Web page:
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Commercial lines that will see the greatest rate increases in 2020


November 16, 2019   by Jason Contant


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Commercial property, umbrella, and public company directors and officers (D&O) lines are expected to see the most widespread rate hikes of 20% and higher, in addition to capacity withdrawals, according to Willis Towers Watson’s Insurance Marketplace Realities 2020 report.

The report, released Wednesday, offers property and casualty industry analysis and rate forecasts for North American commercial insurance buyers as they prepare for upcoming renewals. About 20 lines of commercial business are expected to see rate increases – many of which will be sizeable, and for more lines than in recent years – reflecting current hard market conditions.

Six lines (fiduciary, environmental, political risk, kidnap and ransom, and terrorism) will have a mix of both increases and flat renewal rates, while two lines (international casualty and surety) expect price decreases.

“We’re seeing the biggest upward price shift in years,” Joe Peiser, global head of broking at Willis Towers Watson, commented in a release. “We expect rate hikes and capacity constrictions will continue throughout 2020 and likely into 2021, but a more orderly market to emerge by mid-2020,” especially for commercial property.

Capacity is available in all but the most challenged lines, but “underwriters are showing unprecedented discipline in its deployment, especially for risks they find perilous,” as Willis notes in its report.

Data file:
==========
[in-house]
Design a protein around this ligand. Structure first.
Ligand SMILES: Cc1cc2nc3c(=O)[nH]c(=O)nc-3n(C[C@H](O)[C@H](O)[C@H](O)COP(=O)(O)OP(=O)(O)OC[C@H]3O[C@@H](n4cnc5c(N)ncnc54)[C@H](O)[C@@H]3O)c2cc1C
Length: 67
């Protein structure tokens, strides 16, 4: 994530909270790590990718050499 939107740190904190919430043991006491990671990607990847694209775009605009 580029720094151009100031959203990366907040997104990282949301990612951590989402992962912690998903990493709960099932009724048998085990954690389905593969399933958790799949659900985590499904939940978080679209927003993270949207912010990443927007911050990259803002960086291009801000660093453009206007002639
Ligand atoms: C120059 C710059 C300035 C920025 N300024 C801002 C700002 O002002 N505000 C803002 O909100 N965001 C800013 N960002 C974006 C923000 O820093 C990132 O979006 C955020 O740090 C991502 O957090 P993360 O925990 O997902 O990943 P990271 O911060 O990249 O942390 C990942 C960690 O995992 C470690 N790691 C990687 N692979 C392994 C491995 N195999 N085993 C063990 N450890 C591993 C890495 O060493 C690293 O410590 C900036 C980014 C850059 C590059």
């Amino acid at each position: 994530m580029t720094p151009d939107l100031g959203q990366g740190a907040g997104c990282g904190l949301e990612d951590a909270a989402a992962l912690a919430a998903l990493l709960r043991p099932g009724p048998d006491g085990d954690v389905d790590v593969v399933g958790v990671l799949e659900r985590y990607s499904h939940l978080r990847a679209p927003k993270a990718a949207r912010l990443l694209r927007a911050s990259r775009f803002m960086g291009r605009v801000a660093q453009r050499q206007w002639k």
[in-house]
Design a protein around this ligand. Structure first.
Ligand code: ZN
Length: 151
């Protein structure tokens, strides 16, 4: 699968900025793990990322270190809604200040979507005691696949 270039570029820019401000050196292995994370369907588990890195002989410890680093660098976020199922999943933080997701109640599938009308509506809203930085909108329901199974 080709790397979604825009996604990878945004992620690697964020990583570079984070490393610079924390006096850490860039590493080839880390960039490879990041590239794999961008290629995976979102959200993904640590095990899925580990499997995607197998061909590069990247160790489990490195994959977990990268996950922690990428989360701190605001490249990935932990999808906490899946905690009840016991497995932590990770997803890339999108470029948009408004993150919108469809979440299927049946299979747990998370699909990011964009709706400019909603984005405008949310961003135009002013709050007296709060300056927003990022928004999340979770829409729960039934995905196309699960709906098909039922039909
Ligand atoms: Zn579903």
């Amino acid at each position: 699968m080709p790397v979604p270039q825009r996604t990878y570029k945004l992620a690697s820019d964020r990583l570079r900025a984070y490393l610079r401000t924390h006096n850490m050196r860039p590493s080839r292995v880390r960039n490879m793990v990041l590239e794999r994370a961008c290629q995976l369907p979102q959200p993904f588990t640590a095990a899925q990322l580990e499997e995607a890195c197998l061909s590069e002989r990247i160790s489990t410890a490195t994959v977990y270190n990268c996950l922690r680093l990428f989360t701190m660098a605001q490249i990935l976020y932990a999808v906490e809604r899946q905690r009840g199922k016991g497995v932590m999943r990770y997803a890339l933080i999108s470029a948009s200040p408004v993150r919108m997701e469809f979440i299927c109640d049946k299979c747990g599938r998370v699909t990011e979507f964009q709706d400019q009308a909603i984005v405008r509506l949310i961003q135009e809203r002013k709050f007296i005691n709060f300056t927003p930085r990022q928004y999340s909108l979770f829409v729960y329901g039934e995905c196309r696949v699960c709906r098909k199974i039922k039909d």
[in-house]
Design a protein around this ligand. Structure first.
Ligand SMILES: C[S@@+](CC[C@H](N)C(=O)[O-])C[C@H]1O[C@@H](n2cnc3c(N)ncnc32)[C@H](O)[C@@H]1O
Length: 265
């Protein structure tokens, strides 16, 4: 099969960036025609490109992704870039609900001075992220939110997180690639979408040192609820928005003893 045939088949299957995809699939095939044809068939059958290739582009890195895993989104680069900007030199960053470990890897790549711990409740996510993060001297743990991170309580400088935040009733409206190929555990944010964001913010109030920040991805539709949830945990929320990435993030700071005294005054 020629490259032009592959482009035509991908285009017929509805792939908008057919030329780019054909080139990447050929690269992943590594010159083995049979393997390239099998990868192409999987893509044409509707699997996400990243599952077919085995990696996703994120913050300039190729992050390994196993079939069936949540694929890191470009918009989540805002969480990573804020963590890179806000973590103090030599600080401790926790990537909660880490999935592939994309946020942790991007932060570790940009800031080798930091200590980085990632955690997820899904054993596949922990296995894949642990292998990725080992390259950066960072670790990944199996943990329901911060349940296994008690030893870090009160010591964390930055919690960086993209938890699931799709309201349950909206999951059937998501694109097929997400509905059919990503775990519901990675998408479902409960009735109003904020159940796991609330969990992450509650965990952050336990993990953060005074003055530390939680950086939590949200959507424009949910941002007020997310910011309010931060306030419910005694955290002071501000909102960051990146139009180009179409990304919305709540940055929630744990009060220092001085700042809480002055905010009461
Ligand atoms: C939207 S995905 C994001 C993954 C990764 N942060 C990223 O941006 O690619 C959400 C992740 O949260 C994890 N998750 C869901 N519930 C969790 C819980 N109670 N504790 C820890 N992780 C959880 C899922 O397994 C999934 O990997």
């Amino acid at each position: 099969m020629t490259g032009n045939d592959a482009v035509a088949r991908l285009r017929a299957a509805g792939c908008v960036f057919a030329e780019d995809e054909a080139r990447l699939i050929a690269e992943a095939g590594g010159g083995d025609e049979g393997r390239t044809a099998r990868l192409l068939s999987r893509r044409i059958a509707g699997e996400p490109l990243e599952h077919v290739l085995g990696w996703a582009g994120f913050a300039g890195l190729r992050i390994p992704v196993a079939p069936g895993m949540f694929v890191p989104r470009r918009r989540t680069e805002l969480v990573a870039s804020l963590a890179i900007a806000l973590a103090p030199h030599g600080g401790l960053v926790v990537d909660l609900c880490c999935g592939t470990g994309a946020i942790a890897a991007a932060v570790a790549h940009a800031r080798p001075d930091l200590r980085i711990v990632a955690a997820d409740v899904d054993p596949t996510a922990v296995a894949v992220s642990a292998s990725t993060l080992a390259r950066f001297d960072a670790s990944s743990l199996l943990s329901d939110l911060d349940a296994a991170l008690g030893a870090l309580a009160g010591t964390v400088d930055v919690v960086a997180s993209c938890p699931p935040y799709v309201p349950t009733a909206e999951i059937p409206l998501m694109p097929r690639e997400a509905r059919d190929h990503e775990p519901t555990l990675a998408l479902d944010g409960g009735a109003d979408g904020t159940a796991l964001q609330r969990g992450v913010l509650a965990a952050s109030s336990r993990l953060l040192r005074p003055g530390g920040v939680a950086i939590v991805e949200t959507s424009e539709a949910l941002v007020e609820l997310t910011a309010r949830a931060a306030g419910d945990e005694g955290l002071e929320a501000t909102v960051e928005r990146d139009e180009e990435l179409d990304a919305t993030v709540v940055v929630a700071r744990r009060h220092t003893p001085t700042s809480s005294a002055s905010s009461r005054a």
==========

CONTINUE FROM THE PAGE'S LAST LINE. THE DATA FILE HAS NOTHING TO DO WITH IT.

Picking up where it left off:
Still, there are reasons for optimism, Peiser said. “The alternative capital market is showing renewed enthusiasm for reinsurance; the overall industry has more capital than ever; insolvencies are a rarity; insurtech is working with market participants to improve the client experience, and the laws of supply and demand still apply,” he said. “This challenging market won’t last forever.”

On the other hand, several factors account for the firming market. Persistently low interest rates have dampened insurer returns on their investment portfolios. Across commercial property, extreme catastrophic weather and wildfires over the past few years have had a direct impact on pricing, prompting conditions to harden with sustained escalation in rates.

According to the report, the commercial liability market is worsening, with deteriorating loss trends that continue to impact underwriting profitability negatively, except in workers compensation, which remains stable. In fact, general liability predictions moved from the mixed category (increases and decreases of between approximately –5% to +5%) into single-digit increases for virtually all buyers, Willis Towers Watson reported.

Auto liability continues to be unprofitable for personal and commercial insurers as losses continue to climb (due, in part, to economic growth), which has companies facing labour shortages relying on more inexperienced workers who have a higher rate of accidents, especially in trucking. A strong economy also means more vehicle traffic and accidents, particularly as distracted driving persists. As well, the umbrella/excess liability market is experiencing significant disruption, especially for large company buyers.

“Companies continue to be held accountable for social ills, whether they were actors or bystanders, and today’s juries seem numb to monetary values,” Willis Towers Watson added. “Fingers are also being pointed at D&O, underscored by a record number of shareholder class actions. Accordingly, D&O liability insurers have demonstrated discipline by raising rates and hedging bets by deploying much lower limits on any one risk.”